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Primary Care’s Image Problem

Fri, 11/13/2009 - 12:22pm

By Pauline W. Chen, M.D.
Published:

In my medical school class of 140, Kerry was one of the best and the brightest. Gregarious, unassuming and a dedicated fitness buff with a weakness for ice cream, she managed to sail through the weekly exams that most of us struggled with during the first two years. Later on, in the third year on the hospital wards, she quickly became what every one of us so wanted to be: the indispensable medical student.

In my medical school class of 140, Kerry was one of the best and the brightest. Gregarious, unassuming and a dedicated fitness buff with a weakness for ice cream, she managed to sail through the weekly exams that most of us struggled with during the first two years. Later on, in the third year on the hospital wards, she quickly became what every one of us so wanted to be: the indispensable medical student.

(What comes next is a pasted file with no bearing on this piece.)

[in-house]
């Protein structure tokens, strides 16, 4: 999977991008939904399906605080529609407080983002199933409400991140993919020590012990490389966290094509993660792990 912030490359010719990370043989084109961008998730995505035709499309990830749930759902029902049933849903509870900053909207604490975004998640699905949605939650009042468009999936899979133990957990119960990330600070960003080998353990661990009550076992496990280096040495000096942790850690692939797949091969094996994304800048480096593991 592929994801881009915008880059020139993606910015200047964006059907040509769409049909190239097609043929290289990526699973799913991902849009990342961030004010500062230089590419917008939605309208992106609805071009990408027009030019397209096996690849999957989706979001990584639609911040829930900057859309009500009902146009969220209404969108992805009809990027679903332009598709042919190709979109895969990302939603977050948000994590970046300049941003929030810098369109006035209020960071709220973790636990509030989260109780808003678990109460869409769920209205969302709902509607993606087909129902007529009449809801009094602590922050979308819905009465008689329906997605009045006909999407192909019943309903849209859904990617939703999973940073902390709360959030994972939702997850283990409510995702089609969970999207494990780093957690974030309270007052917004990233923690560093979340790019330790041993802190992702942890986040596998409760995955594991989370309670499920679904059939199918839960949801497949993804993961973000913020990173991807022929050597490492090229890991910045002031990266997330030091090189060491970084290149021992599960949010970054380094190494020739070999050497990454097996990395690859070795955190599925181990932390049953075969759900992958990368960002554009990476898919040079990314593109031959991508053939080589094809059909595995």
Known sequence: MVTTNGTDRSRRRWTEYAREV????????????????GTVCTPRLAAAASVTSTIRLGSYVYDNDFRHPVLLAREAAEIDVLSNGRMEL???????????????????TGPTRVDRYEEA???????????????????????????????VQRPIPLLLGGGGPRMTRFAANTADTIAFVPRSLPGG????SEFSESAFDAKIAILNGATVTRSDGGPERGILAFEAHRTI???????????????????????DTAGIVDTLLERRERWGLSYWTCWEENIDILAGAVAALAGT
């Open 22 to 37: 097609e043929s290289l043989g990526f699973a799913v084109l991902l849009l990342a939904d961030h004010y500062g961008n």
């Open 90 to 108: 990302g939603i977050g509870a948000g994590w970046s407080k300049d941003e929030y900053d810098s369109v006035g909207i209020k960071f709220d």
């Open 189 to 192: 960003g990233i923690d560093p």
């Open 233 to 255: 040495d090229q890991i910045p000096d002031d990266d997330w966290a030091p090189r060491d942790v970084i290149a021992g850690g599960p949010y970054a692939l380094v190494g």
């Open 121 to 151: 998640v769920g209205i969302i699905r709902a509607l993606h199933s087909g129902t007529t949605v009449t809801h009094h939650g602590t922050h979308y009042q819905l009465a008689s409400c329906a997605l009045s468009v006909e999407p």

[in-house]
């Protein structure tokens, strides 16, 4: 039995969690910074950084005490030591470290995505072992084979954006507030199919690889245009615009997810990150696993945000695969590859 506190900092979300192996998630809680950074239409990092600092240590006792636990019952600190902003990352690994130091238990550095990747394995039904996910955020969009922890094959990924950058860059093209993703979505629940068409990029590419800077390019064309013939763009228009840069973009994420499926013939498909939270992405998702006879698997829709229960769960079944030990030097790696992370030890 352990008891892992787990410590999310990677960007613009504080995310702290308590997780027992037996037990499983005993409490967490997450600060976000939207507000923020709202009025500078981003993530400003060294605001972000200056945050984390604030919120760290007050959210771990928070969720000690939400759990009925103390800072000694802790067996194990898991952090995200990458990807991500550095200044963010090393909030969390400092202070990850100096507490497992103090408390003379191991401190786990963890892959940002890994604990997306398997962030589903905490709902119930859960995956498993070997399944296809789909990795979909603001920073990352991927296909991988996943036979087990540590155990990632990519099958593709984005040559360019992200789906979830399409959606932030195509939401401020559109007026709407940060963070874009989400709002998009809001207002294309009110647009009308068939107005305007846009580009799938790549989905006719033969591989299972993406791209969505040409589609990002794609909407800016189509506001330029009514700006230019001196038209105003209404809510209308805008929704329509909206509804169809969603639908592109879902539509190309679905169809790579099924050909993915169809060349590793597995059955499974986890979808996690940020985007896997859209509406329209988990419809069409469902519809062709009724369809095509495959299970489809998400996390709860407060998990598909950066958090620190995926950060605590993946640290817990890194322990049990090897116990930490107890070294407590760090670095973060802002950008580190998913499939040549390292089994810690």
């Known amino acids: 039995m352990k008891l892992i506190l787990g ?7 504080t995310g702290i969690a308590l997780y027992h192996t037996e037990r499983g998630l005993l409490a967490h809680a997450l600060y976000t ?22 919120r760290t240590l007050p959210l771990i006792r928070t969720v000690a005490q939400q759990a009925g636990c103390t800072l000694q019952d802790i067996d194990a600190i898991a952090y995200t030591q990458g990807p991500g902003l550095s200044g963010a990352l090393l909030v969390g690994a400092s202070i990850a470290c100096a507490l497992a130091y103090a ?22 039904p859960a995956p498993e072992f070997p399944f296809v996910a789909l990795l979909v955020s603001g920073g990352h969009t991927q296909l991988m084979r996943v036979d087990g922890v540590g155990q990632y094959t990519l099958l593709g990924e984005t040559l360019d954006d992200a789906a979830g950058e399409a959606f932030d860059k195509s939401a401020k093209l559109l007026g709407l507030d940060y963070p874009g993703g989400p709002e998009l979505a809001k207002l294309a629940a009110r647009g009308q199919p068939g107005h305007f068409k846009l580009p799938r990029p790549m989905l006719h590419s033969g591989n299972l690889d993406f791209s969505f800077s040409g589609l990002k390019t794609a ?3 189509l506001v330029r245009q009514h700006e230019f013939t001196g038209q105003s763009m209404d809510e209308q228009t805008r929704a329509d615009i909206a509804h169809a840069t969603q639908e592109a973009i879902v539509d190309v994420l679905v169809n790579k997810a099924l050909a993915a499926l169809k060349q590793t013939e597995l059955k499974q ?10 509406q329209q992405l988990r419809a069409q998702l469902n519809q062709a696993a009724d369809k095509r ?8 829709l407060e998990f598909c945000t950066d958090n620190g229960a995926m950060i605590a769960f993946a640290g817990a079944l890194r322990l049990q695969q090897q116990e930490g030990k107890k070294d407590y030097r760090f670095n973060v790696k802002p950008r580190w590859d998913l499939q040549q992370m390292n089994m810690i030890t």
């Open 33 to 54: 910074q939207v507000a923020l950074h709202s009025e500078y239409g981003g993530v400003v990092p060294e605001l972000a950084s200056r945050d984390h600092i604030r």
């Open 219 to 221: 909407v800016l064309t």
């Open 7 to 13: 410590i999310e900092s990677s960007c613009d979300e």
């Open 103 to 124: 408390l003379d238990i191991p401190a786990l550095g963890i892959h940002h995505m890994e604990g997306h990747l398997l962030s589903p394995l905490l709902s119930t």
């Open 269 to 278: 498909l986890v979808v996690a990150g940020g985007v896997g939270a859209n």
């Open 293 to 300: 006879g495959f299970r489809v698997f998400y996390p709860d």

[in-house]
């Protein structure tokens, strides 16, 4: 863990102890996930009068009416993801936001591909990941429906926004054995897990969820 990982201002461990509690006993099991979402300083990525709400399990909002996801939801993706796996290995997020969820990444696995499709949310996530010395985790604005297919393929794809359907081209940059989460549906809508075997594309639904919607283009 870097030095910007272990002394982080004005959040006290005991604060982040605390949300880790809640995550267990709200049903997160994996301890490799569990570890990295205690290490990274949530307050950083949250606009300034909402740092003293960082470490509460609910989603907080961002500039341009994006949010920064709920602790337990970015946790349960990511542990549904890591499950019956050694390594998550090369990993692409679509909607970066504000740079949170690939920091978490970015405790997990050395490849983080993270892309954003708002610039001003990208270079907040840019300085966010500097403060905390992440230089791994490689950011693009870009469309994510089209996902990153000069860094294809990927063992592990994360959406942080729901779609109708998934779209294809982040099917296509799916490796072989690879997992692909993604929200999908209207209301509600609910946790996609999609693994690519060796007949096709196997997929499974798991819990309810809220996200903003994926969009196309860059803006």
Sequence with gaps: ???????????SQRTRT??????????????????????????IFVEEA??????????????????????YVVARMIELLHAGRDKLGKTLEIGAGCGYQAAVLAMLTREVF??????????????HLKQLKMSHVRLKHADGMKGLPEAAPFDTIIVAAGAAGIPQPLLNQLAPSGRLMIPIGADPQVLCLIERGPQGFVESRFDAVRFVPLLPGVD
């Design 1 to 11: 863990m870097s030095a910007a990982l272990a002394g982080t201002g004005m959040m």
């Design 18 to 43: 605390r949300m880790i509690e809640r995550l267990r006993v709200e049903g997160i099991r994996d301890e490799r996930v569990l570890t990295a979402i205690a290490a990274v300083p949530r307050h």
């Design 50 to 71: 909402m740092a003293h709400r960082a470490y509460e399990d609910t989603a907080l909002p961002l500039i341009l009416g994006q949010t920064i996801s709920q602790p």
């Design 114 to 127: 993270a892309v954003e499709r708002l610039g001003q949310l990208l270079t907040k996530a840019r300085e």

When it came time to choose specialties in our last year of medical school, most of us thought Kerry would do what every high achiever and even the not-so-high achievers were already doing: line herself up for a coveted spot in one of the prestigious subspecialties, a field like dermatology, orthopedics, plastic surgery or radiology.

But Kerry wanted to become a primary care physician.

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